Pacific Paradise, Queensland
|Population||2,190 (2016 census)|
|• Density||521/km2 (1,350/sq mi)|
|Area||4.2 km2 (1.6 sq mi)|
|Time zone||AEST (UTC+10:00)|
|LGA(s)||Sunshine Coast Region|
Pacific Paradise is bounded to the south by the Maroochy River, to the south-west by the Sunshine Motorway, to the north-east by Finland Road, to the north loosely by the North Shore Connection Road.
The residential areas are in the north-east of the suburb () with the remainder of the suburb being undeveloped land, either used for farming or unused because it is marshland.
Thousands of years before European occupancy, the north shore of the Maroochy River was the land resource area of the Toombra clan of the Undanbi people. They educated their children in matters relating to sustenance and preservation of culture. Using the natural landscape as a schoolroom, skills and knowledge were acquired by observation and through tutoring by their elders.
Europeans commenced to occupy the land from the 1880s but not provisions were made for establishing a school. Selectors among whom were William Harry Baker, William Parsons, Amos Wickerson and William Godfrey purchased Crown land to free range cattle and horses as well as growing citrus crops. In the 1890s two children, Eleanor May and Harry Searle, were born to the Baker family who owned Portion 102V, Parish of Maroochy, County of Canning (the location of Pacific Paradise State School today).
Attendance at a school for sixty days in a year had become compulsory in Queenslnd in 1875. Some of the children in the area in late 1880s were aged between six and twelve years, but becaue their parents lived more than 3 miles (4.8 km) from the nearest school, the children were exempted from attending school. However one family, the Peatlings, sent their youngest son Frederick John, 6 miles (9.7 km) to the Diddillibah Provisional School that opened in 1885. Other children were either taught at home by their parents or did not receive any schooling. Many of the families suffered great hardship from a flood of the Maroochy River in 1893. The site of the present-day Pacific Paradise State School was 5 feet (1.5 m) under water.
The initial phase of urbanisation began in the 1950s. Major improvements for access to the area included the David Low Way, the David Low Bridge at Bli Bli, and the Maroochy Airport. The government and private developers saw the potential for seaside resorts.
In March 1959 the chairman of Maroochy Shire Council, Arthur Low, proposed to Jack Pizzey, the Queensland Minister for Education, that sites for future schools should be acquired in the area. The District Inspector of Schools investigated and recommended land in the north-west corner of Portion 598, Parish of Maroochy as a site to be reserved for school purposes.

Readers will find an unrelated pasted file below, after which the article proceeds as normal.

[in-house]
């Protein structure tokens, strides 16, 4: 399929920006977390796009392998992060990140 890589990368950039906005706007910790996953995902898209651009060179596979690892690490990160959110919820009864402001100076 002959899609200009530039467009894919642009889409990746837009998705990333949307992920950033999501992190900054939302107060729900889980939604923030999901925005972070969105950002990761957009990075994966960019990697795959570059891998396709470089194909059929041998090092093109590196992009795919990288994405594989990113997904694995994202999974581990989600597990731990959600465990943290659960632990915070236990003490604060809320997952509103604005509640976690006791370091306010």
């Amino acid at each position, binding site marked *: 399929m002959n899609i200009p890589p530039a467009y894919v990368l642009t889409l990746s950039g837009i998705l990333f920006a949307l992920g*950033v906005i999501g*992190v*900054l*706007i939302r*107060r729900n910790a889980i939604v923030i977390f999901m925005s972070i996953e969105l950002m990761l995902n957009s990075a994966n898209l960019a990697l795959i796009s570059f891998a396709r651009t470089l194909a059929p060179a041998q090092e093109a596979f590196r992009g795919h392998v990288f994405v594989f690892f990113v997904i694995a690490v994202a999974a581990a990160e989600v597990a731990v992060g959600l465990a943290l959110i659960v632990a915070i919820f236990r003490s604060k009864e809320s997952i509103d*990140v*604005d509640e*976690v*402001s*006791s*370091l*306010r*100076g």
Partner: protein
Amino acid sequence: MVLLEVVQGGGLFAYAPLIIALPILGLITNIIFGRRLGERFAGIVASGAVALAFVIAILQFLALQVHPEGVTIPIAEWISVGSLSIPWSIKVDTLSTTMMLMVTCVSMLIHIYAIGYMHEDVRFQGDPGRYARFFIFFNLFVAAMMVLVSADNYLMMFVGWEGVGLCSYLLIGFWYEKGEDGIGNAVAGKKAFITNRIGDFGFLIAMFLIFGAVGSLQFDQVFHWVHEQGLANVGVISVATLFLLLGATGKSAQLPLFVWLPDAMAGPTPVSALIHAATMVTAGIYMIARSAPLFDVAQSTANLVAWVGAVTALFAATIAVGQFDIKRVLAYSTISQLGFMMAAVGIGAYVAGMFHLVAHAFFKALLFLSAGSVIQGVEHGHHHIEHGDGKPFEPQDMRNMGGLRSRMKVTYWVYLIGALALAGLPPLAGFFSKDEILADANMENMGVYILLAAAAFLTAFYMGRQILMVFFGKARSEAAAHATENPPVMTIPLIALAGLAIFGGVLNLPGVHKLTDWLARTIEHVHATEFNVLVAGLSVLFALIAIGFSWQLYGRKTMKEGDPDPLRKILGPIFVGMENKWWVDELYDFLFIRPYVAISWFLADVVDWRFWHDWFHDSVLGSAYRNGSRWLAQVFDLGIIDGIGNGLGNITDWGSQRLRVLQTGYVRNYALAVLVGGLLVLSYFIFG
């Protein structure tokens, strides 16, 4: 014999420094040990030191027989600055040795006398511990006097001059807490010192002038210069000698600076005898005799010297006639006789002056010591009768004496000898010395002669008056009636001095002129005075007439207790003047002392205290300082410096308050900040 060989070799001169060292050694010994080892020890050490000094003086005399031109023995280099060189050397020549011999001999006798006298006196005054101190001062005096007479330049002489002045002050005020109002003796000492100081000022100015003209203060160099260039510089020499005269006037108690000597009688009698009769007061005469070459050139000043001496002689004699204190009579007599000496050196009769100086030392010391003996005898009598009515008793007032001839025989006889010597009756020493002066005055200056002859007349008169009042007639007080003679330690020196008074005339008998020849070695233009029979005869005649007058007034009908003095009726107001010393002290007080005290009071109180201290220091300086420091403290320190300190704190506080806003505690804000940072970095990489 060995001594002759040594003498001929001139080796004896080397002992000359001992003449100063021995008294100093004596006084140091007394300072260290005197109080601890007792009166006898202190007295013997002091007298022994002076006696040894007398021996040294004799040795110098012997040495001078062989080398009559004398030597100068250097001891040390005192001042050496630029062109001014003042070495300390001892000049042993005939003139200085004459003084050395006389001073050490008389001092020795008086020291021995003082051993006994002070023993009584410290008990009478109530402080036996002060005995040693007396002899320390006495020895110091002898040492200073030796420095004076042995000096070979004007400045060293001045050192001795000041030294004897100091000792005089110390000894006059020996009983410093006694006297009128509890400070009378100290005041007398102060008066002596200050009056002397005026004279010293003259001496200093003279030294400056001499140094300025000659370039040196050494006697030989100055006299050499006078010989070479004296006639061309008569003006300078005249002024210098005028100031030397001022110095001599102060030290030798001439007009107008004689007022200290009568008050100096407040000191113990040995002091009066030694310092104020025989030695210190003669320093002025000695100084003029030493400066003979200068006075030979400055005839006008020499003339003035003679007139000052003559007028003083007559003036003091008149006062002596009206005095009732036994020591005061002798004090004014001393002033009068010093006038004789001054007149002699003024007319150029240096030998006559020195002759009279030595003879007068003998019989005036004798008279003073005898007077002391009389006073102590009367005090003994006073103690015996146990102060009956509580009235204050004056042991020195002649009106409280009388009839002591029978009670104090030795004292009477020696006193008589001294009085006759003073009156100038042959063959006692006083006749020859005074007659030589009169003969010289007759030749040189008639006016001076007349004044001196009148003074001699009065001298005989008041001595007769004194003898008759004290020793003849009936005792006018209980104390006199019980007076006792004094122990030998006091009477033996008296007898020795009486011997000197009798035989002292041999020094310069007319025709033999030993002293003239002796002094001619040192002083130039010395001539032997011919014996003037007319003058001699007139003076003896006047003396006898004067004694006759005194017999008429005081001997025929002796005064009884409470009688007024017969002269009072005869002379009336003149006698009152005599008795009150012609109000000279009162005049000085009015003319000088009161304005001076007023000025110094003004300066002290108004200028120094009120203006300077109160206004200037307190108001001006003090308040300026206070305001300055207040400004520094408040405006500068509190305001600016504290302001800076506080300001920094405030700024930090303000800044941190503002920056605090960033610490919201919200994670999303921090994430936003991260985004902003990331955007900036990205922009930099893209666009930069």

By the 1980s, the areas now Mudjimba, Marcoola and Pacific Paradise had become medium-density residential areas with a further major development of 250 acres (100 ha) planned as the Maroochy Woods Estate and Maroochy Waters Estate in addition to a development of 87 lots in the Suncoast Estate at Marcoola. In 1982 Gordon Simpson, the state government member for Cooroora, recognised the necessity for a school to cater for the growing population. However, the Queensland Education Department claimed there would be only 86 children which was insufficient to erect a primary school and claimed that the school reserve was "half low-lying tea-tree swamp" and not adequate for school facilities.
In 1986 there was overcrowding at Bli Bli State School with 488 children enrolled, necessitating a new school. Architects, Microvitch & Microvitch, designed a campus similar to one at Morayfield East State School in which the facilities of a preschool were integrated with those of a primary school Grade 1. The school complex was built over a period of five months. The buildings were single-storey on a concrete slab.
Pacific Paradise State School is a government primary (Prep-6) school for boys and girls at 14-24 Menzies Drive ( In 2017, the school had an enrolment of 563 students with 44 teachers (37 full-time equivalent) and 25 non-teaching staff (16 full-time equivalent). It includes a special education program.).
- Australian Bureau of Statistics (27 June 2017). "Pacific Paradise (SSC)". 2016 Census QuickStats. Retrieved 20 October 2018.
- "Pacific Paradise - suburb in Sunshine Coast Region (entry 48821)". Queensland Place Names. Queensland Government. Retrieved 27 January 2020.
- "Queensland Globe". State of Queensland. Retrieved 19 April 2020.
- "History". Pacific Paradise State School. The State of Queensland. Archived from the original on 19 April 2020. Retrieved 19 April 2020.
- Queensland Family History Society (2010), Queensland schools past and present (Version 1.01 ed.), Queensland Family History Society, ISBN 978-1-921171-26-0
- "Opening and closing dates of Queensland Schools". Queensland Government. Retrieved 18 April 2019.
- "State and non-state school details". Queensland Government. 9 July 2018. Archived from the original on 21 November 2018. Retrieved 21 November 2018.
- "Pacific Paradise State School". Archived from the original on 18 August 2013. Retrieved 21 November 2018.
- "ACARA School Profile 2017". Archived from the original on 22 November 2018. Retrieved 22 November 2018.
- "Pacific Paradise SS - Special Education Program". Archived from the original on 18 August 2013. Retrieved 21 November 2018.
- "Libraries: Mobile timetable". Sunshine Coast Regional Council. Archived from the original on 30 January 2018. Retrieved 30 January 2018.
- Alcorn, Berenis (2002), Facing the challenge : Pacific Paradise State School 1992-2002, Pacific Paradise State School, ISBN 978-0-9581788-0-8
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